This is the first of seven New York Beauty blocks that will be made using these fabrics. I have a plan for a small doll/teddy bear quilt. Oh, who am I kidding? I just really wanted to see how the block would look in a more muted colourway. Now I know. I don’t think there’s a set of fabrics that wouldn’t be fabulous for NYB. I still have plans to play with batiks and Fassett prints and shabby chic and who knows what else. I can’t get over how quick a block this is to hand piece. It’s easy to piece one an hour.
Seams graded and pressed. One thing is noticeable. This is an ordinary quilters’ cotton while the Tiffany lamp fabrics have a metallic element to them. The ordinary cotton presses flatter with less effort. This block got the Baxter seal of approval – he licked it!
A question was asked yesterday about how I use Inklingo, whether it is to print the shapes on fabric or to print templates to trace. So I thought I’d show on a couple of fabrics just how perfectly the shapes print right on the back of the fabric. First on a light fabric. Oops — thought we had taken the picture before I started cutting but quickly realized we hadn’t. The smaller arc is the only thing missing from this sheet. If you click on this photo to enlarge it, you can see the stitching and cutting lines and matching points and crosshairs.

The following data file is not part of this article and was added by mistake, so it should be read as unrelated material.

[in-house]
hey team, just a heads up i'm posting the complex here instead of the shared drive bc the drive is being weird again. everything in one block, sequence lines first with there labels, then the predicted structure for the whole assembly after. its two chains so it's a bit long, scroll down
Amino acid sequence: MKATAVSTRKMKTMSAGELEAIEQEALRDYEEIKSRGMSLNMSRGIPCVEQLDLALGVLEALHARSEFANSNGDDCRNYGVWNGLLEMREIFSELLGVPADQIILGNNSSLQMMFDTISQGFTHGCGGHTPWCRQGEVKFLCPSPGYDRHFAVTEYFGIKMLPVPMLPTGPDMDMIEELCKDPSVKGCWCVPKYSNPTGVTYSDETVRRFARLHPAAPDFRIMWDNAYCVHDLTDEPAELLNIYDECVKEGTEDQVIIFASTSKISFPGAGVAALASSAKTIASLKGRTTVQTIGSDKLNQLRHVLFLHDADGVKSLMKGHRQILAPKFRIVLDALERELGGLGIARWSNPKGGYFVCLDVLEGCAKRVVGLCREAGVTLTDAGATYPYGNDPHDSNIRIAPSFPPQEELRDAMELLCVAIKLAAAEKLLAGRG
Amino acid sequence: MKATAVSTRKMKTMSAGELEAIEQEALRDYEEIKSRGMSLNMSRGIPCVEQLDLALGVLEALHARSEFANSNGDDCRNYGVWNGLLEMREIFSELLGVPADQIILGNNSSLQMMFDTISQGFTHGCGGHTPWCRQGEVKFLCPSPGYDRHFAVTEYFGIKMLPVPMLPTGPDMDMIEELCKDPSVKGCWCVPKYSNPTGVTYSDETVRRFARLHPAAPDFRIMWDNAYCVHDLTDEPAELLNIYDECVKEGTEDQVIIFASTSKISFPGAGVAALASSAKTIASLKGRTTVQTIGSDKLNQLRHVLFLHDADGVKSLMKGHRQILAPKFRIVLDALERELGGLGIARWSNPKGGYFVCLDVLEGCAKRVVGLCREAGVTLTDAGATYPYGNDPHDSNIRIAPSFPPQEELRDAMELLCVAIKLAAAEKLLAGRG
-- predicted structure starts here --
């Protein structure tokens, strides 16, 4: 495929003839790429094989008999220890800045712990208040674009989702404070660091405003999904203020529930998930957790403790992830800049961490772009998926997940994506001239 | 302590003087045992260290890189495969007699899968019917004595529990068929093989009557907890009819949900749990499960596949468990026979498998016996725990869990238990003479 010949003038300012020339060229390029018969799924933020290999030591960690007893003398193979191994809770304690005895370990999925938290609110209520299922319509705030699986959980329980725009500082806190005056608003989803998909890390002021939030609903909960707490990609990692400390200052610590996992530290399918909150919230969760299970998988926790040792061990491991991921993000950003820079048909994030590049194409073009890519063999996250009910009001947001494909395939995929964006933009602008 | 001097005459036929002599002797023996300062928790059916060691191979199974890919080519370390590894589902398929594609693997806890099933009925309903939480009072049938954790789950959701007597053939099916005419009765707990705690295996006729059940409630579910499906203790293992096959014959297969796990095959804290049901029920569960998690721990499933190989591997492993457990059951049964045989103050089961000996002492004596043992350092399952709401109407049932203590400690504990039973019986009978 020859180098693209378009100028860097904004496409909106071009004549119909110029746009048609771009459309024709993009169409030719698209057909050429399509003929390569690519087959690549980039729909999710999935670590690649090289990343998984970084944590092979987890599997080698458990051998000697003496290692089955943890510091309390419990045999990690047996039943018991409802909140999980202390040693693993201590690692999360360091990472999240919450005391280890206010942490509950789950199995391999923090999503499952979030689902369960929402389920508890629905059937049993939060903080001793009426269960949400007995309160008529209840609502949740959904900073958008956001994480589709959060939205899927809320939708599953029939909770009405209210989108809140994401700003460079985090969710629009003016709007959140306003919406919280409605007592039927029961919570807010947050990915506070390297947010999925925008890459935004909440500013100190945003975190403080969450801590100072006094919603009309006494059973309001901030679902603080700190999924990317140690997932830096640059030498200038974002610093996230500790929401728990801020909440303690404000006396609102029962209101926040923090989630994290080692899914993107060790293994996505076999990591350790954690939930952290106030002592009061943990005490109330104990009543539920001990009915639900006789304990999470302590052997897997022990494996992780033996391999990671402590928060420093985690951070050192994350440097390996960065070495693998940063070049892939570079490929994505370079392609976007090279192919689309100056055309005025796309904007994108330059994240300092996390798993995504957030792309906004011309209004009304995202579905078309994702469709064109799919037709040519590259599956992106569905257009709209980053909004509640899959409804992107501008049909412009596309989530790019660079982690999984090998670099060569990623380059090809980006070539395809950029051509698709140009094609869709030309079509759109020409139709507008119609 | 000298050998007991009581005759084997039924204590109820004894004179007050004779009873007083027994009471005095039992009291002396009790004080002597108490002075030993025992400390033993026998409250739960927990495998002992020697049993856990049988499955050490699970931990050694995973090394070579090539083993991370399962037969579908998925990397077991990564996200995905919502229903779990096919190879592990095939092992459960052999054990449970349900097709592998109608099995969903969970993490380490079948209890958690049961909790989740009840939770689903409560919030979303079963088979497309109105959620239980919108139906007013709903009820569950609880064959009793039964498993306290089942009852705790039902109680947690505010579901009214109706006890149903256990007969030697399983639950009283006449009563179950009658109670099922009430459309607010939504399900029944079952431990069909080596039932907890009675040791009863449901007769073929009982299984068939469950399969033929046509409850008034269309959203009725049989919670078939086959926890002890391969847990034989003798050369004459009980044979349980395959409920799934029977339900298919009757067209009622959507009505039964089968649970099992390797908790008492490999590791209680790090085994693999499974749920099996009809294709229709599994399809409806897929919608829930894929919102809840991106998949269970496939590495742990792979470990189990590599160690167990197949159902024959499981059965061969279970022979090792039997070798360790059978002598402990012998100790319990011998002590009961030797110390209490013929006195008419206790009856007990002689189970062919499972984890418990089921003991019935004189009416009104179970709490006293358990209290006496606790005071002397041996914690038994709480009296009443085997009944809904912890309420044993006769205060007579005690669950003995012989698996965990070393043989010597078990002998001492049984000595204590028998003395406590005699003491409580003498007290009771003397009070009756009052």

And then on a dark one. There are lots of ink colours from which to choose for each fabric. That said, I’ve been using Inklingo long enough that I can pretty much group the fabrics I’m printing and use certain ink colours for each group. I do tend to use the reds more than anything else as the red ink always seems to rinse out in seconds, although I always do a test sheet when I change ink cartridges just in case the manufacturers have improved their inks.
For the NYB blocks, I’m using one of the combo sheets. In this case, it’s the combo sheet which has all the shapes for a block. Each of the blocks will be slightly different as a result. For identical blocks, I would print each shape separately on the fabrics. In the case of the New York Beauty blocks, I print every shape on my fabrics as I’m hand piecing.
For some other blocks, particularly those using HSTs or QSTs, I might only print on one of the fabrics, in this photo on a muslin, and then use those lines to stitch by machine as shown for the sailboat blocks here.
When we were setting up to take the missing picture of the light fabric, Baxter decided he had to lie down on the fabric first. There’s nothing he loves more than a piece of fabric to paw at and possibly lick. Mr. Q.O. captioned this one, “Well, I’m helping, aren’t I?”